When I saw the email from Pick Shan, a.k.a. Babe_KL, more than two weeks of ago, I rubbed my eyes and said to myself in disbelief, “Gosh, it’s that time of year again.”
Time to say merdeka! In Malay, merdeka means independence. In other words, happy 54th birthday, Malaysia!
This year, because Merdeka Day, which falls on Aug. 31, coincides with Hari Raya Aidilfitri, here in Malaysia, everyone gets a (little) break — to soak up the festive spirits, to go on a vacation elsewhere, or, like me, to simply slow down and rest and catch up with friends after slogging for hours for days. But since I’m so tied up with work these days, and thus feeling jaded, I thought to give this year’s Merdeka Open House, which is themed “Makan Through Malaysia,” a miss. (Makan means “to eat” in Malay.)
C’mon, you’ve been doing this over the last two years! Nothing for the Merdeka Open House this year, seriously? You’re going to be missing out on a ton of fun …
Let’s just say I’m now taking my words back. I feel a hint of remorse. I’ve changed my mind. Albeit late, I’d still like to contribute a little somethin’ to the virtual potluck, and to introduce a Malaysian slang and a classic Malaysian salad to the rest of the world.
We love the word rojak, which refers to a jumble of different things — such as the Bahasa Rojak, literally a jumble of languages, a linguistic phenomenon that reflects Malaysia’s multi-ethnic society — and in the culinary sense, usually a salad, a jumble of all things delicious. Simple and straightforward, eh?
We have rojaks of all sorts across the country, and among them, the Penang rojak is a favorite of mine. The name says it all; the rojak is associated with the northern state of Penang.
Essentially the Penang rojak is a jumble of bite-size chunks of local fruits and veggies — ambarella (buah kedondong), guava, pineapple, raw mango, raw papaya, water apple (air jambu), cucumber, jicama, among others — tossed generously in a thick caramel-like dressing that tastes sweet and savory and spicy with the use of shrimp paste (otak udang, or hae ko, 蝦膏), chile oil, tamarind paste, and torch ginger (bunga kantan). The latter perks up the salad with a mild gingery, yet sprightly floral bite. (If there’s a fragrance designed to smell like the torch ginger, I’d be the first to buy it.)
|Southeast-Asian shrimp paste, or otak udang in Malay, and hae ko (蝦膏) in Hokkien.|
|Ambarella (buah kedondong), a tart local fruit.|
|Torch ginger (bunga kantan)|
And the final touch: a generous sprinkle of crushed roasted peanuts atop the sticky pile of mess.
But I have no clue as to why it’s Penang. My intuition is telling me the rojak could have originated there.
I’m not a Penangnite. Nor that I frequent Penang; in fact, I was last spotted there over 14 years ago. (And I can vaguely remember the ride on a ferry that my parents took me on, the ocean breeze that cuddled my face as we braced ourselves across the Straits of Malacca. My memory of Penang is that ancient.)
Thanks to the middle-aged Chinese man who sold Penang rojak at the evening bazaar (known affectionately as pasar malam among Malaysians) in my neck of the woods, and thanks to my mom who almost never failed to buy a foam takeout container or two of the rojak every week from this rojak man, I got to indulge in this tropical fruit salad growing up.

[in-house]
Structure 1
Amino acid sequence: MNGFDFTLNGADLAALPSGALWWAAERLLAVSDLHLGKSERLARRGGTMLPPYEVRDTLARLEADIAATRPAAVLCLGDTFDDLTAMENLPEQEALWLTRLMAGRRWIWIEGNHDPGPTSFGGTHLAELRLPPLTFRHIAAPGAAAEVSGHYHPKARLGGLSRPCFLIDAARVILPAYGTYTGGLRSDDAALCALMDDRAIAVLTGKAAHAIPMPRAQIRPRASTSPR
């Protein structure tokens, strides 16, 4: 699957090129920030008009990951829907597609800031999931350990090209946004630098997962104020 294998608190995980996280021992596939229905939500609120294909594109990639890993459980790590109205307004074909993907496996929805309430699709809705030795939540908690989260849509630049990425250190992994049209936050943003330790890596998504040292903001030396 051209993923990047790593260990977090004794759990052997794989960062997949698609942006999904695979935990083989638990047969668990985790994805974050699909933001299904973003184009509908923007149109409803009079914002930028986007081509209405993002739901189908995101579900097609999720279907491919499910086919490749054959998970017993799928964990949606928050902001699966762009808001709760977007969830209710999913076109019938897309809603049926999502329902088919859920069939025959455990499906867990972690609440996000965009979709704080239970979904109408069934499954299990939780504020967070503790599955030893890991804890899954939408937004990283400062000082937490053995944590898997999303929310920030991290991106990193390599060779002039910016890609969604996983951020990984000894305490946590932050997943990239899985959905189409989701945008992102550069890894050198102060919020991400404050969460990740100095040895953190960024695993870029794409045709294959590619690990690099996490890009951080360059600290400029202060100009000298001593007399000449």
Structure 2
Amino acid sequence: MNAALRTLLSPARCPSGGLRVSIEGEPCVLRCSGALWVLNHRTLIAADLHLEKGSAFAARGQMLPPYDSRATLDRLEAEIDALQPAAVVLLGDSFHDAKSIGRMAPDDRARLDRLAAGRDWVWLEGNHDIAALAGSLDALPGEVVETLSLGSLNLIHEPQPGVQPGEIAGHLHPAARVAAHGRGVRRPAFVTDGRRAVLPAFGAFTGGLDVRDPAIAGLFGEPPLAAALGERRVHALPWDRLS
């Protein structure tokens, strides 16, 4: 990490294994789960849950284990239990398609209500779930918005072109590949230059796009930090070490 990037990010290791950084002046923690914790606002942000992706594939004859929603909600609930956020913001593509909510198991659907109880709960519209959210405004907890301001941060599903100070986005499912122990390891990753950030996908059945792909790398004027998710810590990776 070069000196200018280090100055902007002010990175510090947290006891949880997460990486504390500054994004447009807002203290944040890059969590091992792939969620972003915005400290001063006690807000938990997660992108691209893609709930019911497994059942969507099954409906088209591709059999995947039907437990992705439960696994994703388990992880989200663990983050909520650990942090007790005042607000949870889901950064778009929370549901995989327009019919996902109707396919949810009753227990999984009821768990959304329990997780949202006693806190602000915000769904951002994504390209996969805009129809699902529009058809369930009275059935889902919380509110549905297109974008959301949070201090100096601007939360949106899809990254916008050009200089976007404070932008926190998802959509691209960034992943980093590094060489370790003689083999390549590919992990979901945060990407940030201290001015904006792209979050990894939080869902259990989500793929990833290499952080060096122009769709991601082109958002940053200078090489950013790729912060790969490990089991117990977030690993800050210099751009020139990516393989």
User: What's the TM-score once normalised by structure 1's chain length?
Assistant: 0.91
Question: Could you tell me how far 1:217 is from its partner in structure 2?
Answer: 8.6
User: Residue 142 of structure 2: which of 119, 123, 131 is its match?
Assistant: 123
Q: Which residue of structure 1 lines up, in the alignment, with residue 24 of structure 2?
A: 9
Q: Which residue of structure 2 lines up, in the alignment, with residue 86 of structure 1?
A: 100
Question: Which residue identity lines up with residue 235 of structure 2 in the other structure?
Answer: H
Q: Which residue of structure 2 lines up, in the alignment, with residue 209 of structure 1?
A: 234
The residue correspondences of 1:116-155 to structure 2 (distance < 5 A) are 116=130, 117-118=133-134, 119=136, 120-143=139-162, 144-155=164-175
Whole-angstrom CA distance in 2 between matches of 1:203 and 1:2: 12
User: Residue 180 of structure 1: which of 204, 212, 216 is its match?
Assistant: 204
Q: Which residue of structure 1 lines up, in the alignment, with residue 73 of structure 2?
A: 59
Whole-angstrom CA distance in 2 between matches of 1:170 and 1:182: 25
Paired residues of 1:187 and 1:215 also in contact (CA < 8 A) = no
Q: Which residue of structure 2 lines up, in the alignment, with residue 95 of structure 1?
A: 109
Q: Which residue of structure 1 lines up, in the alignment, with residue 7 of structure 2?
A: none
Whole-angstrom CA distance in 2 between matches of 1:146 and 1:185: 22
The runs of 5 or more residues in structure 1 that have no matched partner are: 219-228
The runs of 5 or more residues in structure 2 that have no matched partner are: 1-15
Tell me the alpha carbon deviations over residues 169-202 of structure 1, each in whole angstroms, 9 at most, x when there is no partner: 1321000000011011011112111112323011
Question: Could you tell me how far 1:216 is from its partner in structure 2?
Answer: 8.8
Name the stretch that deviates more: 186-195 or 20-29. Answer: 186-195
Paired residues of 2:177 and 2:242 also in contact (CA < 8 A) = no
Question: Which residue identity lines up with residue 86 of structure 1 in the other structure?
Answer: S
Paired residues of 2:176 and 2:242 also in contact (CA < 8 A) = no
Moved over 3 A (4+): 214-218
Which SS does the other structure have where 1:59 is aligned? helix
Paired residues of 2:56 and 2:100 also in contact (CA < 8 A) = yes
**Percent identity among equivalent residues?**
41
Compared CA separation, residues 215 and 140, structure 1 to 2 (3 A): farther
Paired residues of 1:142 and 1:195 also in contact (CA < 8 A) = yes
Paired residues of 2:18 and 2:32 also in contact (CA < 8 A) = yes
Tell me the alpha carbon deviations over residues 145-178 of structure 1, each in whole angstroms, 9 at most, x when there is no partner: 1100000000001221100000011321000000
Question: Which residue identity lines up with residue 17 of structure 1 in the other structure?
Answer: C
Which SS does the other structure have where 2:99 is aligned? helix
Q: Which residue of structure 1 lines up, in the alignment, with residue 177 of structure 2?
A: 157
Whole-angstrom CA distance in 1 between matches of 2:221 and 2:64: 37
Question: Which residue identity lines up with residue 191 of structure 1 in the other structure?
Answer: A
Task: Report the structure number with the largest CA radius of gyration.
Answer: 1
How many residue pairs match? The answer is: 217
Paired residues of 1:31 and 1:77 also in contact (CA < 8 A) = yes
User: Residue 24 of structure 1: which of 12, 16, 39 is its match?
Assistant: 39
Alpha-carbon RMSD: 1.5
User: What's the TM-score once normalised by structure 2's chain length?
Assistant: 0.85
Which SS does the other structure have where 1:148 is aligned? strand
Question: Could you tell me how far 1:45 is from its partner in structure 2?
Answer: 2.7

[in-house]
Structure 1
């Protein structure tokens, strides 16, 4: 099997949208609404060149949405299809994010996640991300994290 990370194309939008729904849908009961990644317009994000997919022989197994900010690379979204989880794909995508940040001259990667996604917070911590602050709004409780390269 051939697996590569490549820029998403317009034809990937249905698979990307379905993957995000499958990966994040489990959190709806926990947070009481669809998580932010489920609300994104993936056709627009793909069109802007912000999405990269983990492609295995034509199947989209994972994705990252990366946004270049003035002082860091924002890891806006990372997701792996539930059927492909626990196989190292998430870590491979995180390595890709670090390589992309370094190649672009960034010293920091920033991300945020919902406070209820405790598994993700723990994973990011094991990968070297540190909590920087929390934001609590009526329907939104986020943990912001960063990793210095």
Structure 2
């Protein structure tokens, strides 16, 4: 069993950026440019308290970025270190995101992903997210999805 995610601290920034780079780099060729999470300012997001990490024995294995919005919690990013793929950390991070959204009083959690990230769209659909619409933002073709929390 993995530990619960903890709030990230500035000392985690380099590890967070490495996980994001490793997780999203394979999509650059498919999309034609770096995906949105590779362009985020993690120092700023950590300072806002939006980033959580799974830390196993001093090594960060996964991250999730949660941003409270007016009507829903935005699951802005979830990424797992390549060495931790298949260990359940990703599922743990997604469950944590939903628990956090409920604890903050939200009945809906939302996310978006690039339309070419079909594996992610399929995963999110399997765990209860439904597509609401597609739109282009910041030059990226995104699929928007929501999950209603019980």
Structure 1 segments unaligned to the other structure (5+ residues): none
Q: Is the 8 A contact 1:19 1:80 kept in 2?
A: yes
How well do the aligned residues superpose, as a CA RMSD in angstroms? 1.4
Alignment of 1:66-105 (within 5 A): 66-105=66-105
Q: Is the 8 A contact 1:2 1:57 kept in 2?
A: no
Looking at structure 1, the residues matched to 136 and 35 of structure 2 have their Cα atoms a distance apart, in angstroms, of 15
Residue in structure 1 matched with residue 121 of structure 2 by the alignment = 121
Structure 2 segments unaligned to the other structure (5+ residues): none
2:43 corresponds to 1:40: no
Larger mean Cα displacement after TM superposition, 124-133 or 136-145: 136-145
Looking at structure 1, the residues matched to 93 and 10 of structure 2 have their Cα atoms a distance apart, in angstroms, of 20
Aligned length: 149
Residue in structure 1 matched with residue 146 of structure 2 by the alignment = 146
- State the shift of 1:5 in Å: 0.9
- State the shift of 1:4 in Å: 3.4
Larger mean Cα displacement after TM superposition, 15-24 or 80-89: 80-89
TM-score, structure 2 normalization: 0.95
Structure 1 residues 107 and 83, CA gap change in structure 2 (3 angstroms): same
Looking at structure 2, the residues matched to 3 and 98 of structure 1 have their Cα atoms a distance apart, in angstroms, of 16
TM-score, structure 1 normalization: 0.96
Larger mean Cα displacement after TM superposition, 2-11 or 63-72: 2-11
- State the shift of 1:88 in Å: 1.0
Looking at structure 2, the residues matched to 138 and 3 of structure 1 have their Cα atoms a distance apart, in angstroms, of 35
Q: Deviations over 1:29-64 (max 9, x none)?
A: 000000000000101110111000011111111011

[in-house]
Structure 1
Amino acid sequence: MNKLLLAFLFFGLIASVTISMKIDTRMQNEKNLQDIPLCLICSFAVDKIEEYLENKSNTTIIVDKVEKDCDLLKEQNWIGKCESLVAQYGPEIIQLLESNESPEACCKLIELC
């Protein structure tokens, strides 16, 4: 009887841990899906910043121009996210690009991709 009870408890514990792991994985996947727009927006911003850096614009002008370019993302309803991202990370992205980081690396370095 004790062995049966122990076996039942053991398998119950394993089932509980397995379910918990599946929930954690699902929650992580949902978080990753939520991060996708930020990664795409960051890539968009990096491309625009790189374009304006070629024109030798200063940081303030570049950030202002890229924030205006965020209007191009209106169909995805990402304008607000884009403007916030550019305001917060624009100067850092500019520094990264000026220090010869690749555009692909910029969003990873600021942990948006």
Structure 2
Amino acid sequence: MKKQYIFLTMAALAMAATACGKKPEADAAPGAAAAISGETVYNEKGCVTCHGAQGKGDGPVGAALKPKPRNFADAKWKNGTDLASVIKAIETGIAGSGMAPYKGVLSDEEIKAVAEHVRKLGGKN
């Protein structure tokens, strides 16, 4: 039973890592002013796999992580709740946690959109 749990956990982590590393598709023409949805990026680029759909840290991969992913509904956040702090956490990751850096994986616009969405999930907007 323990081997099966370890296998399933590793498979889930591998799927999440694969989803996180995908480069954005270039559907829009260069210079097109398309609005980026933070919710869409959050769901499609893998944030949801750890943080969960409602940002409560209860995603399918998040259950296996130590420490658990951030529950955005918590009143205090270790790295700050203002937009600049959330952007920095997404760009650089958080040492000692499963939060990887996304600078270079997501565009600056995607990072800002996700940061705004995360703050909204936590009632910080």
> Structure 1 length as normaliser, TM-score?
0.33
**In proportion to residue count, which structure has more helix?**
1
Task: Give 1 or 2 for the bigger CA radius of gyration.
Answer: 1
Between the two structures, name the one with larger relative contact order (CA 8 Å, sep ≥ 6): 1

“Mama, can I have the crispy stuff all to myself?” little Pei-Lin asked, with her eyes turned misty, waiting rather impatiently for the answer. Once approval was granted, she picked out the crispy deep-fried slices of Chinese donut and saturated them with the rich Penang-rojak dressing, then, after waiting for a few minutes, this chubby little girl gobbled her “work of art” up with utter satisfaction.
|The thick, dark caramel-like dressing for Penang rojak.|
It used to be more of a deep-fried affair. But not anymore. Fast forward 14 years, to 2011. I’ve outgrown that fussiness and that love of all things deep-fried of mine. And that’s somethin’ to be proud of.
To be able to enjoy every darn piece of the jumble is the ultimate joy of eating Penang rojak — just like being able to enjoy and learn from every single culture of the culturally rojak’ed Malaysia.
That’s how I see Satu Malaysia — or, in English, One Malaysia. Albeit a long ways to go for the nation as a whole, that, too, is still somethin’ to be proud of as a Malaysian, no matter where I wind up in in the future.
Penang-Style Fruit and Vegetable Salad (Penang Rojak)
Adapted from Periplus Mini Cookbooks: Tropical Salads, by Geok Boi Lee
This is a salad of tropical fruits and veggies, and the dressing is very Malaysian. So, if you’re residing in the part of the world where sourcing the ingredients becomes rather challenging — even with a trip to the Asian grocery store, you may perhaps consider improvising the recipe. For my homemade version, I omit deep-fried slices of Chinese donut (油炸鬼).
½ tablespoon tamarind pulp, soaked in 2 tablespoons water
3 tablespoons granulated sugar
6 tablespoons Southeast-Asian shrimp paste (otak udang, or hae ko, 蝦膏)
1 tablespoon red chile flakes, fried in 1 teaspoon cooking oil
2 tablespoons freshly squeezed lime juice, or to taste
1 tablespoon finely chopped torch ginger (bunga kantan)
1 kilogram fresh tropical fruits and vegetables — consider a combination of, say, ambarella (buah kedondong), guava, pineapple, raw mango, cucumber, and jicama, cut into bite-size pieces
250 grams crushed roasted peanuts
For tamarind juice, mash and strain the tamarind and discard the solids. Then, for the dressing, mix together the tamarind juice and (A). Toss in the fruits and vegetables to coat well. Sprinkle the top generously with crushed roasted peanuts. Serve immediately.
Yield: about four servings